U-Haul, Social Media, and Proverbs 31:8
On Saturday, I got to watch something cool happen. A guy named Dave Palmer was stranded in the desert by UHaul, and having a difficult time getting the company to give him any kind of help with the truck they rented him. After several attempts to receive some sort of satisfaction from U-Haul by phone, he resorted to sharing his story on his blog, and leveraging social media to force U-Haul to behave in a manner that the majority of society would consider to be civil and humane.
Within four hours some pretty cool stuff happened. Adam McLane explains it best:
The results were fantastic. In about 4 hours we had 380 specific tweets, thousands of retweets, and with the hashtag totally followers (potential reach) of over 1 million. The response from U-Haul was fairly quick because of the volume of attention. Just as it was really building up steam to be something that might actually trend on Twitter, U-Haul called Dave and began a process of fixing the situation. Part of the strategy with tweeting U-Haul’s competitors was to add a layer of desperation because no brand wants to be seen as losing face publicly. (@penskemoving offered to step in and fix the whole thing and about 15 minutes later U-Haul had a fix in motion. Coincidence? Doubt it.)
Ultimately the situation was resolved, and Dave Palmer got back on the road, but there are a plethora of lessons to be learned from this entire experience. Today, and Thursday, I want to unpack the two things that this incident has me thinking about, and apply them to our day to day lives.
The Big Question
For me, the biggest question is what if Dave Palmer didn’t have internet access? What happens if Dave is stranded in Pecos, Texas, without his laptop… waiting on U-Haul to call him back? If #freepalmer isn’t starting to trend on twitter… what then? Based on the amount of internet hatred directed towards U-Haul, I suspect that he would still be sitting in Pecos, Texas waiting on U-Haul to do the right thing… and this bugs me.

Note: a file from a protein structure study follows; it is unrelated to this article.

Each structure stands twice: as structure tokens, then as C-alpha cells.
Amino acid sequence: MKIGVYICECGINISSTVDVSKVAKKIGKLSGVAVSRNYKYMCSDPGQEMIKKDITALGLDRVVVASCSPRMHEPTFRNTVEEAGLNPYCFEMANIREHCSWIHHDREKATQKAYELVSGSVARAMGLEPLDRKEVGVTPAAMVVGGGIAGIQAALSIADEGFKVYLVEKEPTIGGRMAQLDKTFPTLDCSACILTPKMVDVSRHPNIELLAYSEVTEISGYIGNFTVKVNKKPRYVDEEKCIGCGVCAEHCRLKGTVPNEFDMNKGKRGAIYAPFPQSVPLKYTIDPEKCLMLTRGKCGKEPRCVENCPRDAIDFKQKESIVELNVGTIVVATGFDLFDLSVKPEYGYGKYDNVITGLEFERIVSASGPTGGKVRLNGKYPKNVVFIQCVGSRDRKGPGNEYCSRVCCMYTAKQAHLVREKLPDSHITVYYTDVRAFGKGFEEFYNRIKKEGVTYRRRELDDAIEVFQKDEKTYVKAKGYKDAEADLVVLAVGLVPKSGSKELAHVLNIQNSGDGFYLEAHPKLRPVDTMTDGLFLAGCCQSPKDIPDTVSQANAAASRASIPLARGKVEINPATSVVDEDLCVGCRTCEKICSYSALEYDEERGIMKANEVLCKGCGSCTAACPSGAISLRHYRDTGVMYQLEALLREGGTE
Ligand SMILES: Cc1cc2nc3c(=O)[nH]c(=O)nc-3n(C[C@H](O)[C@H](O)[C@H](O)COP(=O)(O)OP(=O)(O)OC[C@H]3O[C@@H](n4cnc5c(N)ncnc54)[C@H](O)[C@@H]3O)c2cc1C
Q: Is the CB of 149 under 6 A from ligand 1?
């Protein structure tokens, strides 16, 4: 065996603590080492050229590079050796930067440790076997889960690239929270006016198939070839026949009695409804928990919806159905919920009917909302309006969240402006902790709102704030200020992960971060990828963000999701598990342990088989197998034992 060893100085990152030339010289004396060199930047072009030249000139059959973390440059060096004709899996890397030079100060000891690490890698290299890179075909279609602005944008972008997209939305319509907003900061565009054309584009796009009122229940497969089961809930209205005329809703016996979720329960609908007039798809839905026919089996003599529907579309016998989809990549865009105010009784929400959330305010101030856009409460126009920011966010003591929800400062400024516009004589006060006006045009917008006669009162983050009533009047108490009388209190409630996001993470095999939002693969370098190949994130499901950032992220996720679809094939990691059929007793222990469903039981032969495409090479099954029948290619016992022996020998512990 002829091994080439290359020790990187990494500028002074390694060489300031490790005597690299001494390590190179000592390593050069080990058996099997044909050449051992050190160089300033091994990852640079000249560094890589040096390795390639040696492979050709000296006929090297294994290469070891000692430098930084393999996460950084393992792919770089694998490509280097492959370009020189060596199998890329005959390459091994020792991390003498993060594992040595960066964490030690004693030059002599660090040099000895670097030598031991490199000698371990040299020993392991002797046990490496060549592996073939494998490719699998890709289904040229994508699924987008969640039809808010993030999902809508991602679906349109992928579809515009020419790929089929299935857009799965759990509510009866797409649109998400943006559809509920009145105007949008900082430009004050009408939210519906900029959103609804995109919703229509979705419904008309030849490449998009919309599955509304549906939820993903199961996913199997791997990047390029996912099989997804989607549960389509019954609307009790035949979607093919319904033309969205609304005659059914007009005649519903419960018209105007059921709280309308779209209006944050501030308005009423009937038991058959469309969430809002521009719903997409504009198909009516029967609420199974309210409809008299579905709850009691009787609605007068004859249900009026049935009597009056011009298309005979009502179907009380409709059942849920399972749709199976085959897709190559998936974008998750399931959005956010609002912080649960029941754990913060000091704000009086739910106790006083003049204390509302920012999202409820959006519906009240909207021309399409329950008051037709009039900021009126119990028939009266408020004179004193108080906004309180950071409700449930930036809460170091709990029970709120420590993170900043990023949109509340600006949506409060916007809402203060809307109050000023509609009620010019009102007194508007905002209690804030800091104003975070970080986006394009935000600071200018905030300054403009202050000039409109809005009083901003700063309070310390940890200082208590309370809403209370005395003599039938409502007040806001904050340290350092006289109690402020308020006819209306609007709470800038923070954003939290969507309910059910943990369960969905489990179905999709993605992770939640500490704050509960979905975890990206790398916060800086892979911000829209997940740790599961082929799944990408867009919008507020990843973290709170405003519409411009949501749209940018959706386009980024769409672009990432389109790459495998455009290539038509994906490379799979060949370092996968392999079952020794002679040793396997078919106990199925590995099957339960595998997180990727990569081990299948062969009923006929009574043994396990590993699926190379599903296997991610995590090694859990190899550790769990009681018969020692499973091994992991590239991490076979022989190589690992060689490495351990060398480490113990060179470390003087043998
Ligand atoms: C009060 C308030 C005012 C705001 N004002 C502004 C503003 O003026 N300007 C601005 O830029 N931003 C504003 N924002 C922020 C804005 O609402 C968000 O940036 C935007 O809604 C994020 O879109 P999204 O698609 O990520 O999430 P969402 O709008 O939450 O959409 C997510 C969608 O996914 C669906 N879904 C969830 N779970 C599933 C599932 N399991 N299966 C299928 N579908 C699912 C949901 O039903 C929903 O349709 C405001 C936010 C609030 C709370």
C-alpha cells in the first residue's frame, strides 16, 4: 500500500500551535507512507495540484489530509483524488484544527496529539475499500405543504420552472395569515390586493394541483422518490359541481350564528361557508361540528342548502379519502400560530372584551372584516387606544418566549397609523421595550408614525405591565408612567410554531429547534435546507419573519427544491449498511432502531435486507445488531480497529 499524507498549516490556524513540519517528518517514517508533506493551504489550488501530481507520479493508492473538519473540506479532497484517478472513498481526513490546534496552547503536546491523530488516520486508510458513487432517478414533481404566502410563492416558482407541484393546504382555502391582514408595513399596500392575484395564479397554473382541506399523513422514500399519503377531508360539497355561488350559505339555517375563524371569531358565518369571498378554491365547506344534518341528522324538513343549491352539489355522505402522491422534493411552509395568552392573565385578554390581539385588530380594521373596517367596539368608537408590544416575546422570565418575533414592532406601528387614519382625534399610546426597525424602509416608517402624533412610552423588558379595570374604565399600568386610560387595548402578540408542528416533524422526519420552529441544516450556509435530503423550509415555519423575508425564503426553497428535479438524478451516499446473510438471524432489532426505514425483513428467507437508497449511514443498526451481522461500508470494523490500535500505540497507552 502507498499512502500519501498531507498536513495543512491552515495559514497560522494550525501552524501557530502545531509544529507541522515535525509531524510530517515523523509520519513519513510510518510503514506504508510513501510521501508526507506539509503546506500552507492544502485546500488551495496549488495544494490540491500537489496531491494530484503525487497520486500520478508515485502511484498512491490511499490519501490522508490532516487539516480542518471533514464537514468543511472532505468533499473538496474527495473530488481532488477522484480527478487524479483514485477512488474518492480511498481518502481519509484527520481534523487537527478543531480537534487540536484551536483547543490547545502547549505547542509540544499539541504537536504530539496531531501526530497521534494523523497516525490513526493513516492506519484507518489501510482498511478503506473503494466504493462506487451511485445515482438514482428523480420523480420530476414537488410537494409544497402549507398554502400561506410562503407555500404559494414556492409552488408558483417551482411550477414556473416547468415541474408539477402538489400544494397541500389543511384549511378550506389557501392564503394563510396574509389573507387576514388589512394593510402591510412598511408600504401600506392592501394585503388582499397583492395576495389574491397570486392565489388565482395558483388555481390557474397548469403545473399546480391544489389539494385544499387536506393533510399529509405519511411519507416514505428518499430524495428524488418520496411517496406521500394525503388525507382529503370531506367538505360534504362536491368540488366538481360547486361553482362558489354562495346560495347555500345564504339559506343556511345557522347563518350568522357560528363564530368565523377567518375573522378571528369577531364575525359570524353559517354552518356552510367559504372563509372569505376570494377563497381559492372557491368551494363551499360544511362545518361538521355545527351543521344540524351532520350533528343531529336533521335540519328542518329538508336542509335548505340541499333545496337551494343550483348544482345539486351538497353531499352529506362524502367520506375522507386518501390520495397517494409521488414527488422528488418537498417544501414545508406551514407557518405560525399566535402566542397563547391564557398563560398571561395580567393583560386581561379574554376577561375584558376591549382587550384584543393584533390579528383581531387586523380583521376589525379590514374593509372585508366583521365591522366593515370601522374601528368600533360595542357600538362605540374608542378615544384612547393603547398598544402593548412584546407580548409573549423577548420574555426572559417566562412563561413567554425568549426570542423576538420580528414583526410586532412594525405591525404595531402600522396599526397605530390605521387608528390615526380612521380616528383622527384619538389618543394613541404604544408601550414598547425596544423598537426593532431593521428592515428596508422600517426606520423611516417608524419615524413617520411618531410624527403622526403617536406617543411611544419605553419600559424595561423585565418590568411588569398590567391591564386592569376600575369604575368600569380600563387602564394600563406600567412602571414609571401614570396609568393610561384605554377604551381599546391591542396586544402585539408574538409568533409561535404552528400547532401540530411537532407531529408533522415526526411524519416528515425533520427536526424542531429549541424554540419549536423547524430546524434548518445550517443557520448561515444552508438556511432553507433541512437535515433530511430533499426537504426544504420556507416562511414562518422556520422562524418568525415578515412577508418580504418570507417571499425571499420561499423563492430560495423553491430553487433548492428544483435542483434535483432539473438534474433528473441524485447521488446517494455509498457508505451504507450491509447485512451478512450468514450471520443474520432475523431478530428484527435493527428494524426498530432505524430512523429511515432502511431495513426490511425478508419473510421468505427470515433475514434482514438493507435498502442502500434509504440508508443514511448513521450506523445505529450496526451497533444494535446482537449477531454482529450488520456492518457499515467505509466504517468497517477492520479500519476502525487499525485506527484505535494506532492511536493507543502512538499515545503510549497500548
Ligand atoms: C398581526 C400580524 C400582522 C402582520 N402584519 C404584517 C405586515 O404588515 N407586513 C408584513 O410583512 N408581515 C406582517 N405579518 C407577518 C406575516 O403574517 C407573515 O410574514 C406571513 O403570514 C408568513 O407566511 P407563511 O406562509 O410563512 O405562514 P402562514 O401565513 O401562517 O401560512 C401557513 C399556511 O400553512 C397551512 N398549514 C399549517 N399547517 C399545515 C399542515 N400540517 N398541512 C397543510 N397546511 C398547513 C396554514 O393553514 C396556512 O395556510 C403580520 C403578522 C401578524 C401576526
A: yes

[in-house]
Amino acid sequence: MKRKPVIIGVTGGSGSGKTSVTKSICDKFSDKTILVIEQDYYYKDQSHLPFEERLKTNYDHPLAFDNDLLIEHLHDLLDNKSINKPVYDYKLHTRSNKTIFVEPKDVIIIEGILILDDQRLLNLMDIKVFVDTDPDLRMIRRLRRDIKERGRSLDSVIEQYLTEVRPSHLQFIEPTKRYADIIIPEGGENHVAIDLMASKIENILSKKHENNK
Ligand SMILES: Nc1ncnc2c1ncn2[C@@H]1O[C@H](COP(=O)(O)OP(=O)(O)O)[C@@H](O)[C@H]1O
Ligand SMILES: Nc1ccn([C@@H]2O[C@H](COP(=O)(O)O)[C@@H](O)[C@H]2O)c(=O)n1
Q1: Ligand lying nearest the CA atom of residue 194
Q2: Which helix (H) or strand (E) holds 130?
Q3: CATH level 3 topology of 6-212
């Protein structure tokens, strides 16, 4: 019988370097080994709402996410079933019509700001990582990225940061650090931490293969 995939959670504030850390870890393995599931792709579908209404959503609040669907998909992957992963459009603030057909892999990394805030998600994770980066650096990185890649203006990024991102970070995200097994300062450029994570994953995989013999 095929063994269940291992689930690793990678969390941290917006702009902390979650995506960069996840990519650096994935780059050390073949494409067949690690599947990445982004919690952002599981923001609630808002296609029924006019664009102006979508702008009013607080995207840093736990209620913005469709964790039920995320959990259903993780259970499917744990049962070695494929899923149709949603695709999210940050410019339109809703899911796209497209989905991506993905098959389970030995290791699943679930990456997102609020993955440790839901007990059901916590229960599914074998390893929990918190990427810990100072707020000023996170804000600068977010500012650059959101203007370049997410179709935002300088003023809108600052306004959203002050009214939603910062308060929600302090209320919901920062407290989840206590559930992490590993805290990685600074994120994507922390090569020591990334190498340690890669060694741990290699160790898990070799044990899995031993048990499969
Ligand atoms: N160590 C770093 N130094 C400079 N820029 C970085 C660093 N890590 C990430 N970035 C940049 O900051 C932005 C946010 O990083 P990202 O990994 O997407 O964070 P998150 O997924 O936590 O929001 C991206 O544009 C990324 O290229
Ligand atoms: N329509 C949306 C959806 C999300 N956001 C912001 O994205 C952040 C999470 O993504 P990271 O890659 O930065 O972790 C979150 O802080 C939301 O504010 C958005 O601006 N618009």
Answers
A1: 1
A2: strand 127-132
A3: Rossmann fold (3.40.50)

There are times when people need advocates… people to speak up for them. Some have the ability to communicate their needs, others… not so much. Over the last several years I have become increasingly convinced that we, as the church, are called to stand up and be advocates for those who need them, or as King Lemuel’s mother said so eloquently:
Speak up for those who cannot speak for themselves,
for the rights of all who are destitute.
Speak up and judge fairly;
defend the rights of the poor and needy.
I realize that dealing with U-Haul is minor in scale compared to some of the struggles and problems that those around us are faced with. This is why I am so excited to see organizations like Invisible People, The A21 Campaign, and Hope Mob stepping up and speaking for the rights of those who cannot speak for themselves… and challenging me to be more intentional about doing so myself.
Who do YOU advocate for?